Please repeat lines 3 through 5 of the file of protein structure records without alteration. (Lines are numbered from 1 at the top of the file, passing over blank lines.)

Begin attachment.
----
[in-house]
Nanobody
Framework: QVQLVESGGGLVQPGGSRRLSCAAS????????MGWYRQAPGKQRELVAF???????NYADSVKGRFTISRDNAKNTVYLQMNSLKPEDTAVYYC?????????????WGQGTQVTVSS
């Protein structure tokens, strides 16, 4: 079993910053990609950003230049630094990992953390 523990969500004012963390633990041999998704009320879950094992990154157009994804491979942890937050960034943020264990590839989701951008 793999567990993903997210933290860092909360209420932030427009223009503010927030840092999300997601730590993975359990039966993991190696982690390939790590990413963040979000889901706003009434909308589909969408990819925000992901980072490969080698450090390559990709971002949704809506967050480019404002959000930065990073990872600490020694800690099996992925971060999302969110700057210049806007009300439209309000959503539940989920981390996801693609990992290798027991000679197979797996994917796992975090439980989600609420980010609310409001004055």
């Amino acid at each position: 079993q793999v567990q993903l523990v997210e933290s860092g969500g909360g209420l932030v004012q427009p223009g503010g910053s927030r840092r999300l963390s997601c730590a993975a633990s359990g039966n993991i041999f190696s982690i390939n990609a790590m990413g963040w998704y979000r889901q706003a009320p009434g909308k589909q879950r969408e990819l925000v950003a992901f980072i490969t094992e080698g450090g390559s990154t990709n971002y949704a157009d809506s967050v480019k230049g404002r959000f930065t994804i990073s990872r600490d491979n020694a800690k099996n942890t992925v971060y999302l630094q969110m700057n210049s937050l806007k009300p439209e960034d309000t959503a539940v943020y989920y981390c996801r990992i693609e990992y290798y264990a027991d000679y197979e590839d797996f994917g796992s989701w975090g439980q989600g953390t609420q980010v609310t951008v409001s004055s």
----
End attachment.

Framework: QVQLVESGGGLVQPGGSRRLSCAAS????????MGWYRQAPGKQRELVAF???????NYADSVKGRFTISRDNAKNTVYLQMNSLKPEDTAVYYC?????????????WGQGTQVTVSS
């Protein structure tokens, strides 16, 4: 079993910053990609950003230049630094990992953390 523990969500004012963390633990041999998704009320879950094992990154157009994804491979942890937050960034943020264990590839989701951008 793999567990993903997210933290860092909360209420932030427009223009503010927030840092999300997601730590993975359990039966993991190696982690390939790590990413963040979000889901706003009434909308589909969408990819925000992901980072490969080698450090390559990709971002949704809506967050480019404002959000930065990073990872600490020694800690099996992925971060999302969110700057210049806007009300439209309000959503539940989920981390996801693609990992290798027991000679197979797996994917796992975090439980989600609420980010609310409001004055």
């Amino acid at each position: 079993q793999v567990q993903l523990v997210e933290s860092g969500g909360g209420l932030v004012q427009p223009g503010g910053s927030r840092r999300l963390s997601c730590a993975a633990s359990g039966n993991i041999f190696s982690i390939n990609a790590m990413g963040w998704y979000r889901q706003a009320p009434g909308k589909q879950r969408e990819l925000v950003a992901f980072i490969t094992e080698g450090g390559s990154t990709n971002y949704a157009d809506s967050v480019k230049g404002r959000f930065t994804i990073s990872r600490d491979n020694a800690k099996n942890t992925v971060y999302l630094q969110m700057n210049s937050l806007k009300p439209e960034d309000t959503a539940v943020y989920y981390c996801r990992i693609e990992y290798y264990a027991d000679y197979e590839d797996f994917g796992s989701w975090g439980q989600g953390t609420q980010v609310t951008v409001s004055s």